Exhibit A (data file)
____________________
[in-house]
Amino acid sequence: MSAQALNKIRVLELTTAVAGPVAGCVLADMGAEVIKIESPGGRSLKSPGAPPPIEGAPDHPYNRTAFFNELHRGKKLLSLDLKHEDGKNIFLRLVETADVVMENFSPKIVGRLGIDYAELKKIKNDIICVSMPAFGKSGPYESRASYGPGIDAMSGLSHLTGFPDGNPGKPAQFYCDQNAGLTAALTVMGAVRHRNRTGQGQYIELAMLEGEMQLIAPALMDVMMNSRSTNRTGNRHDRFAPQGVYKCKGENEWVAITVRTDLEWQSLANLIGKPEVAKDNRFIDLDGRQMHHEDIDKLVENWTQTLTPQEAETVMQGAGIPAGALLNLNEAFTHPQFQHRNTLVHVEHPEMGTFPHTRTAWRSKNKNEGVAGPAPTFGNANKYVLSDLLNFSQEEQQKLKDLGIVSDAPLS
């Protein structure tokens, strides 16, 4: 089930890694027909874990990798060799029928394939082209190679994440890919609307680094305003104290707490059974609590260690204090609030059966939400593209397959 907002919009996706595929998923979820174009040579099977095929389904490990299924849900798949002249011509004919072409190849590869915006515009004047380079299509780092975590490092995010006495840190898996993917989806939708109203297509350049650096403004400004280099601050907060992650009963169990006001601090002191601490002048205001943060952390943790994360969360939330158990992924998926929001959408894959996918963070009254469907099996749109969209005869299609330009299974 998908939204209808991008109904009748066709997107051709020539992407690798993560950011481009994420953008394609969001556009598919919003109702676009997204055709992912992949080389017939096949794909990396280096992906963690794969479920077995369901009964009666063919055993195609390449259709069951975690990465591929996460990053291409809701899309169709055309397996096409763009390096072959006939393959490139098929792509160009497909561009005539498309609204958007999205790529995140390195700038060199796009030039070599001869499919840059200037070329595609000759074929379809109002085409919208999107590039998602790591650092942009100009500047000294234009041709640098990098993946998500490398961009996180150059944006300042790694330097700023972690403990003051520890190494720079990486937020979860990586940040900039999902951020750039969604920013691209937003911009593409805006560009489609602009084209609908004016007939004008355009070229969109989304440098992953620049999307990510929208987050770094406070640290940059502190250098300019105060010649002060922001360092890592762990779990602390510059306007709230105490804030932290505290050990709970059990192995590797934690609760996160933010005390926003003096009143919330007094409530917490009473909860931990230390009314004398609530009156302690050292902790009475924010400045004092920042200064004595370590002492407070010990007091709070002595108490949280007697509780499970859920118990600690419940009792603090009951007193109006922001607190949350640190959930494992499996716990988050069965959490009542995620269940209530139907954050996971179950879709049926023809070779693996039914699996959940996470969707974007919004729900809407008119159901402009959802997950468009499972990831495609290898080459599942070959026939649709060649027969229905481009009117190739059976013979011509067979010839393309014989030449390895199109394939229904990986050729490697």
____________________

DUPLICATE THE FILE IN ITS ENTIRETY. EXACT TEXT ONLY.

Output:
[in-house]
Amino acid sequence: MSAQALNKIRVLELTTAVAGPVAGCVLADMGAEVIKIESPGGRSLKSPGAPPPIEGAPDHPYNRTAFFNELHRGKKLLSLDLKHEDGKNIFLRLVETADVVMENFSPKIVGRLGIDYAELKKIKNDIICVSMPAFGKSGPYESRASYGPGIDAMSGLSHLTGFPDGNPGKPAQFYCDQNAGLTAALTVMGAVRHRNRTGQGQYIELAMLEGEMQLIAPALMDVMMNSRSTNRTGNRHDRFAPQGVYKCKGENEWVAITVRTDLEWQSLANLIGKPEVAKDNRFIDLDGRQMHHEDIDKLVENWTQTLTPQEAETVMQGAGIPAGALLNLNEAFTHPQFQHRNTLVHVEHPEMGTFPHTRTAWRSKNKNEGVAGPAPTFGNANKYVLSDLLNFSQEEQQKLKDLGIVSDAPLS
């Protein structure tokens, strides 16, 4: 089930890694027909874990990798060799029928394939082209190679994440890919609307680094305003104290707490059974609590260690204090609030059966939400593209397959 907002919009996706595929998923979820174009040579099977095929389904490990299924849900798949002249011509004919072409190849590869915006515009004047380079299509780092975590490092995010006495840190898996993917989806939708109203297509350049650096403004400004280099601050907060992650009963169990006001601090002191601490002048205001943060952390943790994360969360939330158990992924998926929001959408894959996918963070009254469907099996749109969209005869299609330009299974 998908939204209808991008109904009748066709997107051709020539992407690798993560950011481009994420953008394609969001556009598919919003109702676009997204055709992912992949080389017939096949794909990396280096992906963690794969479920077995369901009964009666063919055993195609390449259709069951975690990465591929996460990053291409809701899309169709055309397996096409763009390096072959006939393959490139098929792509160009497909561009005539498309609204958007999205790529995140390195700038060199796009030039070599001869499919840059200037070329595609000759074929379809109002085409919208999107590039998602790591650092942009100009500047000294234009041709640098990098993946998500490398961009996180150059944006300042790694330097700023972690403990003051520890190494720079990486937020979860990586940040900039999902951020750039969604920013691209937003911009593409805006560009489609602009084209609908004016007939004008355009070229969109989304440098992953620049999307990510929208987050770094406070640290940059502190250098300019105060010649002060922001360092890592762990779990602390510059306007709230105490804030932290505290050990709970059990192995590797934690609760996160933010005390926003003096009143919330007094409530917490009473909860931990230390009314004398609530009156302690050292902790009475924010400045004092920042200064004595370590002492407070010990007091709070002595108490949280007697509780499970859920118990600690419940009792603090009951007193109006922001607190949350640190959930494992499996716990988050069965959490009542995620269940209530139907954050996971179950879709049926023809070779693996039914699996959940996470969707974007919004729900809407008119159901402009959802997950468009499972990831495609290898080459599942070959026939649709060649027969229905481009009117190739059976013979011509067979010839393309014989030449390895199109394939229904990986050729490697």